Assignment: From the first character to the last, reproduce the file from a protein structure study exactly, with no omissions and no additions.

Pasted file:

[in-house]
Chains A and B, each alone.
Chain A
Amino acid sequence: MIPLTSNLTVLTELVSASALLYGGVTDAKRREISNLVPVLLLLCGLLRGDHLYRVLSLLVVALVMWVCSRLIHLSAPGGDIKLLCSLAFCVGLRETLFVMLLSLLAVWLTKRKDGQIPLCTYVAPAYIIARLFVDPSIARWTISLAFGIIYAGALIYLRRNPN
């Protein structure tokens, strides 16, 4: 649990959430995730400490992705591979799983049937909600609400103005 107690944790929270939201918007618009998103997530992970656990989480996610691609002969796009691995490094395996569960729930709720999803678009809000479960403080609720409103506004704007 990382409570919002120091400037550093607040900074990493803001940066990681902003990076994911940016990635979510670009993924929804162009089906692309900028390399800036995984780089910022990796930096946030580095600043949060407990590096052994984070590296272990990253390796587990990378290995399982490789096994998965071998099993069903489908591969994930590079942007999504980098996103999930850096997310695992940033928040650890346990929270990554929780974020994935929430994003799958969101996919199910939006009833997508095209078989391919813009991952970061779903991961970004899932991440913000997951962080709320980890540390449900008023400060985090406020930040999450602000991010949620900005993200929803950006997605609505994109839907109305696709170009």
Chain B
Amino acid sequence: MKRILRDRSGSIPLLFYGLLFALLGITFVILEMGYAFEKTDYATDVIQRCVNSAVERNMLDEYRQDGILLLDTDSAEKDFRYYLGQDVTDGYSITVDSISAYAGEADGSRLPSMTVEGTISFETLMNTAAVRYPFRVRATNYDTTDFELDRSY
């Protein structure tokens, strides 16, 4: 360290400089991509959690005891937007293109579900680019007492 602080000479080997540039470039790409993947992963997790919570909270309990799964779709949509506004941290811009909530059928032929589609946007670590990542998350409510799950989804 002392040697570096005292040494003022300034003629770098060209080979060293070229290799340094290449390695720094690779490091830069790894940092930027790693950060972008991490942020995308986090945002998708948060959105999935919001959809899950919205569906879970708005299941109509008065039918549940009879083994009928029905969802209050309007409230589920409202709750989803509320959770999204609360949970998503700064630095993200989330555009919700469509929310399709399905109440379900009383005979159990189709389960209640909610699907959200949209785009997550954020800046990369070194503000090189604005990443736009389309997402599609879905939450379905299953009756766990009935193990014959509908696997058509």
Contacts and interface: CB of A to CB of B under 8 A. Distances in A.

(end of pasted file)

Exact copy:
[in-house]
Chains A and B, each alone.
Chain A
Amino acid sequence: MIPLTSNLTVLTELVSASALLYGGVTDAKRREISNLVPVLLLLCGLLRGDHLYRVLSLLVVALVMWVCSRLIHLSAPGGDIKLLCSLAFCVGLRETLFVMLLSLLAVWLTKRKDGQIPLCTYVAPAYIIARLFVDPSIARWTISLAFGIIYAGALIYLRRNPN
């Protein structure tokens, strides 16, 4: 649990959430995730400490992705591979799983049937909600609400103005 107690944790929270939201918007618009998103997530992970656990989480996610691609002969796009691995490094395996569960729930709720999803678009809000479960403080609720409103506004704007 990382409570919002120091400037550093607040900074990493803001940066990681902003990076994911940016990635979510670009993924929804162009089906692309900028390399800036995984780089910022990796930096946030580095600043949060407990590096052994984070590296272990990253390796587990990378290995399982490789096994998965071998099993069903489908591969994930590079942007999504980098996103999930850096997310695992940033928040650890346990929270990554929780974020994935929430994003799958969101996919199910939006009833997508095209078989391919813009991952970061779903991961970004899932991440913000997951962080709320980890540390449900008023400060985090406020930040999450602000991010949620900005993200929803950006997605609505994109839907109305696709170009």
Chain B
Amino acid sequence: MKRILRDRSGSIPLLFYGLLFALLGITFVILEMGYAFEKTDYATDVIQRCVNSAVERNMLDEYRQDGILLLDTDSAEKDFRYYLGQDVTDGYSITVDSISAYAGEADGSRLPSMTVEGTISFETLMNTAAVRYPFRVRATNYDTTDFELDRSY
């Protein structure tokens, strides 16, 4: 360290400089991509959690005891937007293109579900680019007492 602080000479080997540039470039790409993947992963997790919570909270309990799964779709949509506004941290811009909530059928032929589609946007670590990542998350409510799950989804 002392040697570096005292040494003022300034003629770098060209080979060293070229290799340094290449390695720094690779490091830069790894940092930027790693950060972008991490942020995308986090945002998708948060959105999935919001959809899950919205569906879970708005299941109509008065039918549940009879083994009928029905969802209050309007409230589920409202709750989803509320959770999204609360949970998503700064630095993200989330555009919700469509929310399709399905109440379900009383005979159990189709389960209640909610699907959200949209785009997550954020800046990369070194503000090189604005990443736009389309997402599609879905939450379905299953009756766990009935193990014959509908696997058509």
Contacts and interface: CB of A to CB of B under 8 A. Distances in A.